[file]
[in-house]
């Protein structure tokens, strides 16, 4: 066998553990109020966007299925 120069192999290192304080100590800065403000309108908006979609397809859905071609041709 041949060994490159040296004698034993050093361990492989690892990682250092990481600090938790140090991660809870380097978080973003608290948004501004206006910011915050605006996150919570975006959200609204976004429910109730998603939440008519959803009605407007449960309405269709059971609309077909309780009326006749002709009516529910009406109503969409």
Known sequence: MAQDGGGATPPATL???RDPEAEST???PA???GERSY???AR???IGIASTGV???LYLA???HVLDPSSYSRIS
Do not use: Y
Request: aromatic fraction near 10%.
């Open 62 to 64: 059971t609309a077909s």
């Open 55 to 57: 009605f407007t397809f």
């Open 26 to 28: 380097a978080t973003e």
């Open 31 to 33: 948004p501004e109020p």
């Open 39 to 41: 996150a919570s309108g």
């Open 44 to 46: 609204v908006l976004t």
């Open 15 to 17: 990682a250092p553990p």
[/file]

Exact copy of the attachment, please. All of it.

[in-house]
């Protein structure tokens, strides 16, 4: 066998553990109020966007299925 120069192999290192304080100590800065403000309108908006979609397809859905071609041709 041949060994490159040296004698034993050093361990492989690892990682250092990481600090938790140090991660809870380097978080973003608290948004501004206006910011915050605006996150919570975006959200609204976004429910109730998603939440008519959803009605407007449960309405269709059971609309077909309780009326006749002709009516529910009406109503969409």
Known sequence: MAQDGGGATPPATL???RDPEAEST???PA???GERSY???AR???IGIASTGV???LYLA???HVLDPSSYSRIS
Do not use: Y
Request: aromatic fraction near 10%.
């Open 62 to 64: 059971t609309a077909s």
């Open 55 to 57: 009605f407007t397809f």
């Open 26 to 28: 380097a978080t973003e």
């Open 31 to 33: 948004p501004e109020p």
């Open 39 to 41: 996150a919570s309108g």
């Open 44 to 46: 609204v908006l976004t």
């Open 15 to 17: 990682a250092p553990p």